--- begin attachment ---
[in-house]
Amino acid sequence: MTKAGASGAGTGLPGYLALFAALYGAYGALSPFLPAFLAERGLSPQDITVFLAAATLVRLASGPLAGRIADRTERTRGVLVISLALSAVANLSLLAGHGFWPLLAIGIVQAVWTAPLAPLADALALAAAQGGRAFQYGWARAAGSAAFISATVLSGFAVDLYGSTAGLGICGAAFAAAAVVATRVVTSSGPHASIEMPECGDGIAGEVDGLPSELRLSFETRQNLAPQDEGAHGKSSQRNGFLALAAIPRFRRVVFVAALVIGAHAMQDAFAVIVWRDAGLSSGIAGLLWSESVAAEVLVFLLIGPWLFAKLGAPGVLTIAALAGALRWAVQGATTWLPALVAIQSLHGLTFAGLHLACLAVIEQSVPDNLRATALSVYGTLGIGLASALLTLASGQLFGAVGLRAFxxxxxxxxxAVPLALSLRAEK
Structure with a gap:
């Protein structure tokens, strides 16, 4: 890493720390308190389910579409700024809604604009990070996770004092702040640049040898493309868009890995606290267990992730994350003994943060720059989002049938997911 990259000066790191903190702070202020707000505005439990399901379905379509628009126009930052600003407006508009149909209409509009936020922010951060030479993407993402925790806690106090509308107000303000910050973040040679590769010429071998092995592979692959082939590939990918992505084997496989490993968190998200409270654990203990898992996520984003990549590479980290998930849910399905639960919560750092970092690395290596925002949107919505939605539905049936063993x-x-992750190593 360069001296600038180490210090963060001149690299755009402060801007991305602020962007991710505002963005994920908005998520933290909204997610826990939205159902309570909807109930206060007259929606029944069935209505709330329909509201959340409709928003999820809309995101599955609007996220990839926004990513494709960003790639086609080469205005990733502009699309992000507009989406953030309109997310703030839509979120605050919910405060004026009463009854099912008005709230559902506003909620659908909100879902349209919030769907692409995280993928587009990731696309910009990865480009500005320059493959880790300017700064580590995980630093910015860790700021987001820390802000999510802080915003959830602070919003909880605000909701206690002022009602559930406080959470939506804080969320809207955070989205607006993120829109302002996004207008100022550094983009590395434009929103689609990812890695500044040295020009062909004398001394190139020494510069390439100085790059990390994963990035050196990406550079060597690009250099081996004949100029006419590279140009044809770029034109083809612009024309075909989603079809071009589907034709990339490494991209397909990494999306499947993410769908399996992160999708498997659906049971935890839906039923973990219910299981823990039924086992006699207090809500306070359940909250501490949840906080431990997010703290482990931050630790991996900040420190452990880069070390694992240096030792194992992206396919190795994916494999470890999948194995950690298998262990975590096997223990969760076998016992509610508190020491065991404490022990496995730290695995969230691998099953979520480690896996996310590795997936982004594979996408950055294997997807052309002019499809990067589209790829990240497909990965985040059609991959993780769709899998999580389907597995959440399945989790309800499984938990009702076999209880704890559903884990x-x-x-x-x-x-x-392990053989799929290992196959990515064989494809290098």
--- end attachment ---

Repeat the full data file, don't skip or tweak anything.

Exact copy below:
[in-house]
Amino acid sequence: MTKAGASGAGTGLPGYLALFAALYGAYGALSPFLPAFLAERGLSPQDITVFLAAATLVRLASGPLAGRIADRTERTRGVLVISLALSAVANLSLLAGHGFWPLLAIGIVQAVWTAPLAPLADALALAAAQGGRAFQYGWARAAGSAAFISATVLSGFAVDLYGSTAGLGICGAAFAAAAVVATRVVTSSGPHASIEMPECGDGIAGEVDGLPSELRLSFETRQNLAPQDEGAHGKSSQRNGFLALAAIPRFRRVVFVAALVIGAHAMQDAFAVIVWRDAGLSSGIAGLLWSESVAAEVLVFLLIGPWLFAKLGAPGVLTIAALAGALRWAVQGATTWLPALVAIQSLHGLTFAGLHLACLAVIEQSVPDNLRATALSVYGTLGIGLASALLTLASGQLFGAVGLRAFxxxxxxxxxAVPLALSLRAEK
Structure with a gap:
């Protein structure tokens, strides 16, 4: 890493720390308190389910579409700024809604604009990070996770004092702040640049040898493309868009890995606290267990992730994350003994943060720059989002049938997911 990259000066790191903190702070202020707000505005439990399901379905379509628009126009930052600003407006508009149909209409509009936020922010951060030479993407993402925790806690106090509308107000303000910050973040040679590769010429071998092995592979692959082939590939990918992505084997496989490993968190998200409270654990203990898992996520984003990549590479980290998930849910399905639960919560750092970092690395290596925002949107919505939605539905049936063993x-x-992750190593 360069001296600038180490210090963060001149690299755009402060801007991305602020962007991710505002963005994920908005998520933290909204997610826990939205159902309570909807109930206060007259929606029944069935209505709330329909509201959340409709928003999820809309995101599955609007996220990839926004990513494709960003790639086609080469205005990733502009699309992000507009989406953030309109997310703030839509979120605050919910405060004026009463009854099912008005709230559902506003909620659908909100879902349209919030769907692409995280993928587009990731696309910009990865480009500005320059493959880790300017700064580590995980630093910015860790700021987001820390802000999510802080915003959830602070919003909880605000909701206690002022009602559930406080959470939506804080969320809207955070989205607006993120829109302002996004207008100022550094983009590395434009929103689609990812890695500044040295020009062909004398001394190139020494510069390439100085790059990390994963990035050196990406550079060597690009250099081996004949100029006419590279140009044809770029034109083809612009024309075909989603079809071009589907034709990339490494991209397909990494999306499947993410769908399996992160999708498997659906049971935890839906039923973990219910299981823990039924086992006699207090809500306070359940909250501490949840906080431990997010703290482990931050630790991996900040420190452990880069070390694992240096030792194992992206396919190795994916494999470890999948194995950690298998262990975590096997223990969760076998016992509610508190020491065991404490022990496995730290695995969230691998099953979520480690896996996310590795997936982004594979996408950055294997997807052309002019499809990067589209790829990240497909990965985040059609991959993780769709899998999580389907597995959440399945989790309800499984938990009702076999209880704890559903884990x-x-x-x-x-x-x-392990053989799929290992196959990515064989494809290098």